Academic | Essay Contest
Moonlight, Firelight, and Fog: Evocative Scenery in Dr. Jekyll and Mr. Hyde
Dr. Jekyll and Mr. Hyde is a dark book, evocative and atmospheric. Part of its power comes from the luminous scenery painted by Robert Louis Stevenson. He uses moonlit nights, cheering firelight, and cloying fog to enhance the themes that are developed by the book's events. Revelation, refuge, and evil itself are all evoked by the intricate backdrops Stevenson creates in this novel.
A clear, cold, yet brightly illumined night: several scenes take place on a night like this. In each, the lonely night is a vehicle for revealing truths that were previously hidden. Jekyll confesses that, as Hyde, "the constellations looked down upon me, I could have thought, with wonder, the first creature of that sort that their unsleeping vigilance had yet disclosed to them" (Stevenson, 107). On such a night, no character can escape the scrutiny of heaven. Utterson, after a long wait, finally catches a glimpse of Hyde on "a fine dry night; frost in the air; [...] the lamps, unshaken by any wind, drawing a regular pattern of light and shadow" (49). A similar night reveals Hydeand his shocking behaviorto Enfield. Such a night, too, reveals Hyde's worst crime. "Brilliantly lit by the full moon," it allows the maidservant to see the horrible murder of Sir Carew (59). In all these scenes, Stevenson uses a backdrop of a clear and lonely night to expose the true nature of his characters and their follies.
In contrast to the unforgiving illumination of the nighttime streets, the setting of a cozy, private room provides a safe haven for the characters. For Jekyll, trapped by his involuntary transformations, his cabinet room is literally his "last earthly refuge" (124). For Hyde, too, the rooms ("furnished with luxury and good taste") that Jekyll rents for him provide a place he can escape from view (63). For Utterson, his private rooms provide a different kind of safety. "The fog still slept on the wing above the drowned city [...] But the room was gay with firelight" (68). Utterson's rooms provide a refuge for him from the sinister atmosphere of the day and a chance to collect his thoughts. His cheerful firelight dispels the dark influences of the strange events he has been witnessing. Also, all these cozy, ordinary rooms provide a stark contrast to the menacing image of Hyde, the personification of evil in this story. When his presence begins to invade even these sanctuaries, this very contrast increases the horror of it. Utterson usually feels at home in Jekyll's pleasant front room, "[b]ut tonight there was a shudder in his blood; the face of Hyde sat heavy on his memory [...] he seemed to read a menace in the flickering of the firelight" (53). Stevenson uses quiet, comforting, firelit chambers as settings of safety for his characters. When these rooms are invaded by the presence of evil, the symbolic tranquility of the scenery makes the invasion all the more terrible.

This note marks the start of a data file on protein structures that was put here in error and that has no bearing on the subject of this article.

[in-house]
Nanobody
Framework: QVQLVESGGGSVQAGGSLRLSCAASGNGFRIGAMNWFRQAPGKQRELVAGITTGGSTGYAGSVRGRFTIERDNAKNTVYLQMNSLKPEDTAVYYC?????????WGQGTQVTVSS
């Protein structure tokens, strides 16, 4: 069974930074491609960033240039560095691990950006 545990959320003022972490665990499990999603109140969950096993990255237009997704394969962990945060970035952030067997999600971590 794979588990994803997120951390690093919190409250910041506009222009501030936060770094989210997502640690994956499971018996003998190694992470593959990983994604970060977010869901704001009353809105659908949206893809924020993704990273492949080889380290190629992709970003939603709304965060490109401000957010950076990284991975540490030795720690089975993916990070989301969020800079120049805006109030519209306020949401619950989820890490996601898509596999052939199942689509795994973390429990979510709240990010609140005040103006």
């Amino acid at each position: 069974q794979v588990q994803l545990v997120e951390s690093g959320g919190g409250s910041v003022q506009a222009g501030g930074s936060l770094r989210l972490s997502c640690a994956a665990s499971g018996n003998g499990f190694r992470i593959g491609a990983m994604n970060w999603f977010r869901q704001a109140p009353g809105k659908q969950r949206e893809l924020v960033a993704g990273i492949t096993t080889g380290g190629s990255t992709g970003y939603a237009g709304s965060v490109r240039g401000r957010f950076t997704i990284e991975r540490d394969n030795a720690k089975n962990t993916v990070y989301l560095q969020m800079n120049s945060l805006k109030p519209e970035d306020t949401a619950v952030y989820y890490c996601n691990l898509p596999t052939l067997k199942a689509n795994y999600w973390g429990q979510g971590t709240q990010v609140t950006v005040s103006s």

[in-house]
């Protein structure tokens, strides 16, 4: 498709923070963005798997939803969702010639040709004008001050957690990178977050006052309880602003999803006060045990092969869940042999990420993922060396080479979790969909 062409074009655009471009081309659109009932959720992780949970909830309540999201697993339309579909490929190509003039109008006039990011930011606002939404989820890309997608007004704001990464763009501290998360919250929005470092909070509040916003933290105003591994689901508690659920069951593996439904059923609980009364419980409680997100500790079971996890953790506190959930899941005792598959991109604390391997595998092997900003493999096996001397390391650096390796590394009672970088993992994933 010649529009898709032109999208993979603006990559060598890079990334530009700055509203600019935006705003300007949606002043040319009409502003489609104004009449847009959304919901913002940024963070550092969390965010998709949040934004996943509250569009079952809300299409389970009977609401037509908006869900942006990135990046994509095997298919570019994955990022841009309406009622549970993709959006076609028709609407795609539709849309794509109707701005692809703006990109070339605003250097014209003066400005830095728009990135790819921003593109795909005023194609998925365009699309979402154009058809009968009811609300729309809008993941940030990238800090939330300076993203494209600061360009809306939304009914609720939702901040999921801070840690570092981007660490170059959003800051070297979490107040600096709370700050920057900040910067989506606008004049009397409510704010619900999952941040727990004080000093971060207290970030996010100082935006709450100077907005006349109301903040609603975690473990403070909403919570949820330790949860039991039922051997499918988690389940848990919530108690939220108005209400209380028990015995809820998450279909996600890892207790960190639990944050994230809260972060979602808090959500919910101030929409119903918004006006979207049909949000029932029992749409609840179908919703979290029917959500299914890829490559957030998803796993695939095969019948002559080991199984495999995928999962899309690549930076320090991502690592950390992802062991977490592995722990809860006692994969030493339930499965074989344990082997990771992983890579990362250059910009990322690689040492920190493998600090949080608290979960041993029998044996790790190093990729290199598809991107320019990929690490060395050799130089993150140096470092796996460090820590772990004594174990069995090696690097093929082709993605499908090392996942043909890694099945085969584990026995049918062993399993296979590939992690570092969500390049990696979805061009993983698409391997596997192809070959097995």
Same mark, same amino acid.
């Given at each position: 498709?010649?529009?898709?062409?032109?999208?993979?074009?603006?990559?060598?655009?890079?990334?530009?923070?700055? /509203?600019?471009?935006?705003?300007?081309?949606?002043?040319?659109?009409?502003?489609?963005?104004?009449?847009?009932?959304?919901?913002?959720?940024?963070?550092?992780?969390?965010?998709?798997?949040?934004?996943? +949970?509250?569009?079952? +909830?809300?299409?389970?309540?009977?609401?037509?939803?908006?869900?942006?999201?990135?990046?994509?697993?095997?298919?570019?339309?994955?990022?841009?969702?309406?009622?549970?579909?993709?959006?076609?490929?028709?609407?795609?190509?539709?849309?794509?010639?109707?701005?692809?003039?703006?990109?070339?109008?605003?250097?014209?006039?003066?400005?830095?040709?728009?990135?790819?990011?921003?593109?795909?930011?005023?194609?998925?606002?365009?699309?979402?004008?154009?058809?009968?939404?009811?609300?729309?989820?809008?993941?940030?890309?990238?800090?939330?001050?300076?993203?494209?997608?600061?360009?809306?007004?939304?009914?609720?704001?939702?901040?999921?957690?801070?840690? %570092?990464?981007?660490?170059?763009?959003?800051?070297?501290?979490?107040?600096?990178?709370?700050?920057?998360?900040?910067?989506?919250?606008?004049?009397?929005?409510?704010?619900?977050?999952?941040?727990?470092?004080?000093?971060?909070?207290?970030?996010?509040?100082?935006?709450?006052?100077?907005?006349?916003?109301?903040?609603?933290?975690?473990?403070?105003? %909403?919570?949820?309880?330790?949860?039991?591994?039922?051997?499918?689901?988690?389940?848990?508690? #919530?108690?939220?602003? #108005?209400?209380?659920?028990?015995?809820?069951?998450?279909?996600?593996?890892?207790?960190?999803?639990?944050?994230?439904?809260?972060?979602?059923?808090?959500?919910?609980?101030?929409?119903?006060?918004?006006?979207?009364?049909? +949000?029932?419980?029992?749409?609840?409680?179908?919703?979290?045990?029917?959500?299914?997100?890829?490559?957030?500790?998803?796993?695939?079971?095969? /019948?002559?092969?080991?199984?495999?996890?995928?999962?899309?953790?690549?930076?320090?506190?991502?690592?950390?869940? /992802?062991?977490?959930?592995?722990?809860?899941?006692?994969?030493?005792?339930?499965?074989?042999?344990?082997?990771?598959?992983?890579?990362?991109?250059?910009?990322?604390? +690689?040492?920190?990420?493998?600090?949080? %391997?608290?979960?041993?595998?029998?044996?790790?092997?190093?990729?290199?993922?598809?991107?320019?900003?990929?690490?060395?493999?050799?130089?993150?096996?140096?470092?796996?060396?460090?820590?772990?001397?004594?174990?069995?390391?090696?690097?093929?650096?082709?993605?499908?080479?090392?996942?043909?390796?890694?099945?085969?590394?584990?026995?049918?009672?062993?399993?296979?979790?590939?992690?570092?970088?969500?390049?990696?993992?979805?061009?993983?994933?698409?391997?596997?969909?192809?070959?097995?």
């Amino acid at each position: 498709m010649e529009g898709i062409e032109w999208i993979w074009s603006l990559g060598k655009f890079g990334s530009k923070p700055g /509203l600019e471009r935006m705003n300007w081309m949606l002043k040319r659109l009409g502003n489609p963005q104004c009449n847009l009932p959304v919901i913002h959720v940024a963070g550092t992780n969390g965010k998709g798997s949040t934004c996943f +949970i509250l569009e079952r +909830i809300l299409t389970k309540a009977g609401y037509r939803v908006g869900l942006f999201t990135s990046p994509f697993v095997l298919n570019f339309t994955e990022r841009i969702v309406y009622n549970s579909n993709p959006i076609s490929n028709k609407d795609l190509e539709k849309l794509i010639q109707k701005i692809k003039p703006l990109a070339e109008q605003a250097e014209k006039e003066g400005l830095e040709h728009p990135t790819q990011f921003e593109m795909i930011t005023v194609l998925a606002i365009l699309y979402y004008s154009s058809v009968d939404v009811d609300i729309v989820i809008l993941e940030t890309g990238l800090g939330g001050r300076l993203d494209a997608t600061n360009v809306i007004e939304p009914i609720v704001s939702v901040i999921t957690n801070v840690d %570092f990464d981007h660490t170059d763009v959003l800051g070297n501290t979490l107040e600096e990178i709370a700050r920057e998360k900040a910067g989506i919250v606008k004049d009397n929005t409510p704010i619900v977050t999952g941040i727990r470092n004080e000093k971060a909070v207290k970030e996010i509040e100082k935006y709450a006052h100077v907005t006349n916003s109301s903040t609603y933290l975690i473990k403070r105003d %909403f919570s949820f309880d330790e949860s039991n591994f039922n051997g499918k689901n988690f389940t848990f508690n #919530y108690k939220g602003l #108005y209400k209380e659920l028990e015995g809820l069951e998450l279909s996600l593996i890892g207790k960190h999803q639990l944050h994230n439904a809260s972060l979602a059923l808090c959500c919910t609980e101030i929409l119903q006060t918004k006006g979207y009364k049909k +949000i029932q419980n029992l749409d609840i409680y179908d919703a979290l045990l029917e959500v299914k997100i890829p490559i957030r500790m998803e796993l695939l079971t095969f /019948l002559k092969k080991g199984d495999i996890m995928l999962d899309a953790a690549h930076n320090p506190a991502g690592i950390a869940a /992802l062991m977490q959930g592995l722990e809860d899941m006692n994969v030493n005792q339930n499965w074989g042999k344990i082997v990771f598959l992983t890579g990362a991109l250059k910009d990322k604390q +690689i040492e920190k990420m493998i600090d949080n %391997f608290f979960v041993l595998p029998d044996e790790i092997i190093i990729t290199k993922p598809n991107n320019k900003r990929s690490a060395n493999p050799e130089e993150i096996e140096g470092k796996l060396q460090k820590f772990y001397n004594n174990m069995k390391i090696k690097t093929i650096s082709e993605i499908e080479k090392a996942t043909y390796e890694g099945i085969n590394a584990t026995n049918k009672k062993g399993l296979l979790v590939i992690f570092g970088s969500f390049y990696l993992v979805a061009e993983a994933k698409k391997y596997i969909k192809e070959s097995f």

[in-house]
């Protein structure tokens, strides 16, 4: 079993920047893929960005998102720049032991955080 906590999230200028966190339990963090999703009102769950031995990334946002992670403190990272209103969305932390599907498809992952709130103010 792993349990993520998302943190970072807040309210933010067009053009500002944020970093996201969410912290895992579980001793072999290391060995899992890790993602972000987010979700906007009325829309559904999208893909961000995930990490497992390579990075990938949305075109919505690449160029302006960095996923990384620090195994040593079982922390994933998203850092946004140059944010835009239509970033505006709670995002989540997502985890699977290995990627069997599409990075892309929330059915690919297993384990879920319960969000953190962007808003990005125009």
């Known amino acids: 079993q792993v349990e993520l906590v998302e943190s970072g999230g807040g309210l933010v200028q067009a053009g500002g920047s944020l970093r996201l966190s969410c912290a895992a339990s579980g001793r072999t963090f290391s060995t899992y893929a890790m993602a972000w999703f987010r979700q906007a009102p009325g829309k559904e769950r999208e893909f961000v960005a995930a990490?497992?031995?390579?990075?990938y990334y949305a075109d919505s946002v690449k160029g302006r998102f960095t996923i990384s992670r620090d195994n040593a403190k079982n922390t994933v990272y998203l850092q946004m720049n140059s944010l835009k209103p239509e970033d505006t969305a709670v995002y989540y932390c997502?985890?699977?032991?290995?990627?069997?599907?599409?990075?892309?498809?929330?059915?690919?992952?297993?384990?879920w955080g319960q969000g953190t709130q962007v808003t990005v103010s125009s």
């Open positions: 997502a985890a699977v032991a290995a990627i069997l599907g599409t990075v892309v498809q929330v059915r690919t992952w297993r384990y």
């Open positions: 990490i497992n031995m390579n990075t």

One of the last and most striking scenery elements that Stevenson uses is the dense, sinister, brown fog that arises after Hyde murders Sir Carew. It blots out the very sky"A great chocolate-coloured pall lower[s] over heaven" (62). It is not only sinister; it is also insidious. "[A] lamp was set lighted on the chimney shelf, for even in the houses the fog began to lie thickly" (66). It begins to invade every corner of the city, and it brings out the worst in its inhabitants. Under its influence, Utterson becomes "conscious of some touch of that terror of the law and the law's officers, which may at times assail the most honest" (62). The fog arises when Hyde reaches his most powerful and disappears as both Hyde and Jekyll are trapped and eventually die. Thus, Stevenson uses the fog to represent the same evil that Hyde embodies. It is a pernicious influence that creeps throughout the story, malevolent and frightening, but it gives way to a purer and more natural atmosphere in the end.
Dr. Jekyll and Mr. Hyde is about good and evil, about humanity and identity, about the moral choices a person must make. These themes are present in the events of the novel, but the poignancy with which Stevenson evokes them owes much to the settings he so deftly paints. A night becomes, in his hands, not just a night but a theater for revelations of truth and identity, for good to triumph because evil is revealed for what it truly is. In his hands, a gentleman's room, tastefully appointed, becomes a haven for its master, a representation of the safety and humanity that Hyde's evil increasingly endangers. In his hands, the dark miasma of London fog becomes something menacing and fey, an atmospheric manifestation of the same evil that forms Hyde. All of these scenic elements, juxtaposed, create the powerful, dark air of this book and etch deeply in a reader's mind its universal messages about humanity.
Stevenson, Robert Louis. Dr. Jekyll and Mr. Hyde. New York: Signet Classic, 1987.